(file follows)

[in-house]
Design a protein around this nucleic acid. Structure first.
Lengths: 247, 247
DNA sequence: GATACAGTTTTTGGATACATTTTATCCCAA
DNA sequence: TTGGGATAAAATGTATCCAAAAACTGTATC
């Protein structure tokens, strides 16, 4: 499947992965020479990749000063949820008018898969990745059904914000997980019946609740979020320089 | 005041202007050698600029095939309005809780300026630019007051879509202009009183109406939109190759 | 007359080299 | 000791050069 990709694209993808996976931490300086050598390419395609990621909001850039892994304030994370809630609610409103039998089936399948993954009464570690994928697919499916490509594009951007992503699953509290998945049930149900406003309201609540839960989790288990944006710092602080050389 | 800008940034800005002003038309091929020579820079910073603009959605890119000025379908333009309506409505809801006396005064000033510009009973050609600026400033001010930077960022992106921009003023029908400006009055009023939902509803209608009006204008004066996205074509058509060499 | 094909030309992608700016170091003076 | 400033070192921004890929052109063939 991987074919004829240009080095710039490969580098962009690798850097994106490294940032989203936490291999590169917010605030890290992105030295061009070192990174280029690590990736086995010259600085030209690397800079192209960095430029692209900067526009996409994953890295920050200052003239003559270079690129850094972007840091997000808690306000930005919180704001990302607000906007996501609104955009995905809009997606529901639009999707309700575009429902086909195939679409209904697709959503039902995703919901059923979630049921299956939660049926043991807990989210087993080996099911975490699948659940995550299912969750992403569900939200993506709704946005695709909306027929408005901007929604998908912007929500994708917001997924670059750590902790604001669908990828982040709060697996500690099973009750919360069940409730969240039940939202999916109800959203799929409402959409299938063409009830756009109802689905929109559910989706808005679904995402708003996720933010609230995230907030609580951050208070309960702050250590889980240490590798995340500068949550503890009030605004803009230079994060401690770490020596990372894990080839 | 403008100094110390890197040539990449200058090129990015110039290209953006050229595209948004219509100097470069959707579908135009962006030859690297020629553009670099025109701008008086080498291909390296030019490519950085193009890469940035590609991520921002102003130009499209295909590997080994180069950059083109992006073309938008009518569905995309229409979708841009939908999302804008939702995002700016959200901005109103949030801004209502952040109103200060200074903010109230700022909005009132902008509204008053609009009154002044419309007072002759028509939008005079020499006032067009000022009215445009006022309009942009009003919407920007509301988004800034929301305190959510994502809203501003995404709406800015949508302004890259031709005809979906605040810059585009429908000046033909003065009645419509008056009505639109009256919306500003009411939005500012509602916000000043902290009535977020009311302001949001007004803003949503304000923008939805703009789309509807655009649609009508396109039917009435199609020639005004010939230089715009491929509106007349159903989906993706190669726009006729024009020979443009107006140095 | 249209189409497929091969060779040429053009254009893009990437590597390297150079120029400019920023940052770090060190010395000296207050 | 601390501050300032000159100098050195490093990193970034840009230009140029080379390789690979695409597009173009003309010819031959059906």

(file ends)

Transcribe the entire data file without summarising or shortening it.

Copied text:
[in-house]
Design a protein around this nucleic acid. Structure first.
Lengths: 247, 247
DNA sequence: GATACAGTTTTTGGATACATTTTATCCCAA
DNA sequence: TTGGGATAAAATGTATCCAAAAACTGTATC
């Protein structure tokens, strides 16, 4: 499947992965020479990749000063949820008018898969990745059904914000997980019946609740979020320089 | 005041202007050698600029095939309005809780300026630019007051879509202009009183109406939109190759 | 007359080299 | 000791050069 990709694209993808996976931490300086050598390419395609990621909001850039892994304030994370809630609610409103039998089936399948993954009464570690994928697919499916490509594009951007992503699953509290998945049930149900406003309201609540839960989790288990944006710092602080050389 | 800008940034800005002003038309091929020579820079910073603009959605890119000025379908333009309506409505809801006396005064000033510009009973050609600026400033001010930077960022992106921009003023029908400006009055009023939902509803209608009006204008004066996205074509058509060499 | 094909030309992608700016170091003076 | 400033070192921004890929052109063939 991987074919004829240009080095710039490969580098962009690798850097994106490294940032989203936490291999590169917010605030890290992105030295061009070192990174280029690590990736086995010259600085030209690397800079192209960095430029692209900067526009996409994953890295920050200052003239003559270079690129850094972007840091997000808690306000930005919180704001990302607000906007996501609104955009995905809009997606529901639009999707309700575009429902086909195939679409209904697709959503039902995703919901059923979630049921299956939660049926043991807990989210087993080996099911975490699948659940995550299912969750992403569900939200993506709704946005695709909306027929408005901007929604998908912007929500994708917001997924670059750590902790604001669908990828982040709060697996500690099973009750919360069940409730969240039940939202999916109800959203799929409402959409299938063409009830756009109802689905929109559910989706808005679904995402708003996720933010609230995230907030609580951050208070309960702050250590889980240490590798995340500068949550503890009030605004803009230079994060401690770490020596990372894990080839 | 403008100094110390890197040539990449200058090129990015110039290209953006050229595209948004219509100097470069959707579908135009962006030859690297020629553009670099025109701008008086080498291909390296030019490519950085193009890469940035590609991520921002102003130009499209295909590997080994180069950059083109992006073309938008009518569905995309229409979708841009939908999302804008939702995002700016959200901005109103949030801004209502952040109103200060200074903010109230700022909005009132902008509204008053609009009154002044419309007072002759028509939008005079020499006032067009000022009215445009006022309009942009009003919407920007509301988004800034929301305190959510994502809203501003995404709406800015949508302004890259031709005809979906605040810059585009429908000046033909003065009645419509008056009505639109009256919306500003009411939005500012509602916000000043902290009535977020009311302001949001007004803003949503304000923008939805703009789309509807655009649609009508396109039917009435199609020639005004010939230089715009491929509106007349159903989906993706190669726009006729024009020979443009107006140095 | 249209189409497929091969060779040429053009254009893009990437590597390297150079120029400019920023940052770090060190010395000296207050 | 601390501050300032000159100098050195490093990193970034840009230009140029080379390789690979695409597009173009003309010819031959059906």